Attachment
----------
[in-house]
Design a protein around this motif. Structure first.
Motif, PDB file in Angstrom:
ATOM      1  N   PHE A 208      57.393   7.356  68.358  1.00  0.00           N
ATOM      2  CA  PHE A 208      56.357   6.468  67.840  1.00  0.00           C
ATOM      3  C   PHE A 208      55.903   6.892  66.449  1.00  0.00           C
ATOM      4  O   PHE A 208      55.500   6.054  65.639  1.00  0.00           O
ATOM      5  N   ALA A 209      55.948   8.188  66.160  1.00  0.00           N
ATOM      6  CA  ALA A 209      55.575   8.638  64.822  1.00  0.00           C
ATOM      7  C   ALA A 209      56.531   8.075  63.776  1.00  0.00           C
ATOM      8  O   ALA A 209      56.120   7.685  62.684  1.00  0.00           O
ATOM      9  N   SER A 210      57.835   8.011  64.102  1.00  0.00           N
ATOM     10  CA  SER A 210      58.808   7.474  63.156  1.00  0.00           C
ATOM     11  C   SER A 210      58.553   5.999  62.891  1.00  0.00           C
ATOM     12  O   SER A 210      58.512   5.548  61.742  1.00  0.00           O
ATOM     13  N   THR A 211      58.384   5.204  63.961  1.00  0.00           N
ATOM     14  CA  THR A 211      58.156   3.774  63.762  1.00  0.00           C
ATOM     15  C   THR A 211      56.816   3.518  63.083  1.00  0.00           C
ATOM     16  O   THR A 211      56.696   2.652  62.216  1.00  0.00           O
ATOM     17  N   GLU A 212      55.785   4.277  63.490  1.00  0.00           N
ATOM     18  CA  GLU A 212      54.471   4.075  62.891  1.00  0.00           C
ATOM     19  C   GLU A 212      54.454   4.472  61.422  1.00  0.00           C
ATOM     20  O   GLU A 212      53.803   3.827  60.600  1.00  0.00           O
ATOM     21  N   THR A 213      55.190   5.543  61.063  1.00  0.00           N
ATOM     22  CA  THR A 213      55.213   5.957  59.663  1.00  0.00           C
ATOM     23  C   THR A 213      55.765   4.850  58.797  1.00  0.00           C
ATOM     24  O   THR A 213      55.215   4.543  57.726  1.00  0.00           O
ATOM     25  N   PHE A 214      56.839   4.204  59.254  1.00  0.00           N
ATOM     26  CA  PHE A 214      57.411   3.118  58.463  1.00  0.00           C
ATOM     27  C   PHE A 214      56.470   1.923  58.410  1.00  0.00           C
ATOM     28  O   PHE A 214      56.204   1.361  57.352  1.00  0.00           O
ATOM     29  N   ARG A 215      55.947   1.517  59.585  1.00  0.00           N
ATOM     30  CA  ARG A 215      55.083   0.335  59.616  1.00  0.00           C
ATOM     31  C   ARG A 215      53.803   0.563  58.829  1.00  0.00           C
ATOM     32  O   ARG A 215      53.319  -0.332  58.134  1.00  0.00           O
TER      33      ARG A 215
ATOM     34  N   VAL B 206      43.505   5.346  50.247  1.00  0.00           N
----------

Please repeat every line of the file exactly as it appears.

[in-house]
Design a protein around this motif. Structure first.
Motif, PDB file in Angstrom:
ATOM      1  N   PHE A 208      57.393   7.356  68.358  1.00  0.00           N
ATOM      2  CA  PHE A 208      56.357   6.468  67.840  1.00  0.00           C
ATOM      3  C   PHE A 208      55.903   6.892  66.449  1.00  0.00           C
ATOM      4  O   PHE A 208      55.500   6.054  65.639  1.00  0.00           O
ATOM      5  N   ALA A 209      55.948   8.188  66.160  1.00  0.00           N
ATOM      6  CA  ALA A 209      55.575   8.638  64.822  1.00  0.00           C
ATOM      7  C   ALA A 209      56.531   8.075  63.776  1.00  0.00           C
ATOM      8  O   ALA A 209      56.120   7.685  62.684  1.00  0.00           O
ATOM      9  N   SER A 210      57.835   8.011  64.102  1.00  0.00           N
ATOM     10  CA  SER A 210      58.808   7.474  63.156  1.00  0.00           C
ATOM     11  C   SER A 210      58.553   5.999  62.891  1.00  0.00           C
ATOM     12  O   SER A 210      58.512   5.548  61.742  1.00  0.00           O
ATOM     13  N   THR A 211      58.384   5.204  63.961  1.00  0.00           N
ATOM     14  CA  THR A 211      58.156   3.774  63.762  1.00  0.00           C
ATOM     15  C   THR A 211      56.816   3.518  63.083  1.00  0.00           C
ATOM     16  O   THR A 211      56.696   2.652  62.216  1.00  0.00           O
ATOM     17  N   GLU A 212      55.785   4.277  63.490  1.00  0.00           N
ATOM     18  CA  GLU A 212      54.471   4.075  62.891  1.00  0.00           C
ATOM     19  C   GLU A 212      54.454   4.472  61.422  1.00  0.00           C
ATOM     20  O   GLU A 212      53.803   3.827  60.600  1.00  0.00           O
ATOM     21  N   THR A 213      55.190   5.543  61.063  1.00  0.00           N
ATOM     22  CA  THR A 213      55.213   5.957  59.663  1.00  0.00           C
ATOM     23  C   THR A 213      55.765   4.850  58.797  1.00  0.00           C
ATOM     24  O   THR A 213      55.215   4.543  57.726  1.00  0.00           O
ATOM     25  N   PHE A 214      56.839   4.204  59.254  1.00  0.00           N
ATOM     26  CA  PHE A 214      57.411   3.118  58.463  1.00  0.00           C
ATOM     27  C   PHE A 214      56.470   1.923  58.410  1.00  0.00           C
ATOM     28  O   PHE A 214      56.204   1.361  57.352  1.00  0.00           O
ATOM     29  N   ARG A 215      55.947   1.517  59.585  1.00  0.00           N
ATOM     30  CA  ARG A 215      55.083   0.335  59.616  1.00  0.00           C
ATOM     31  C   ARG A 215      53.803   0.563  58.829  1.00  0.00           C
ATOM     32  O   ARG A 215      53.319  -0.332  58.134  1.00  0.00           O
TER      33      ARG A 215
ATOM     34  N   VAL B 206      43.505   5.346  50.247  1.00  0.00           N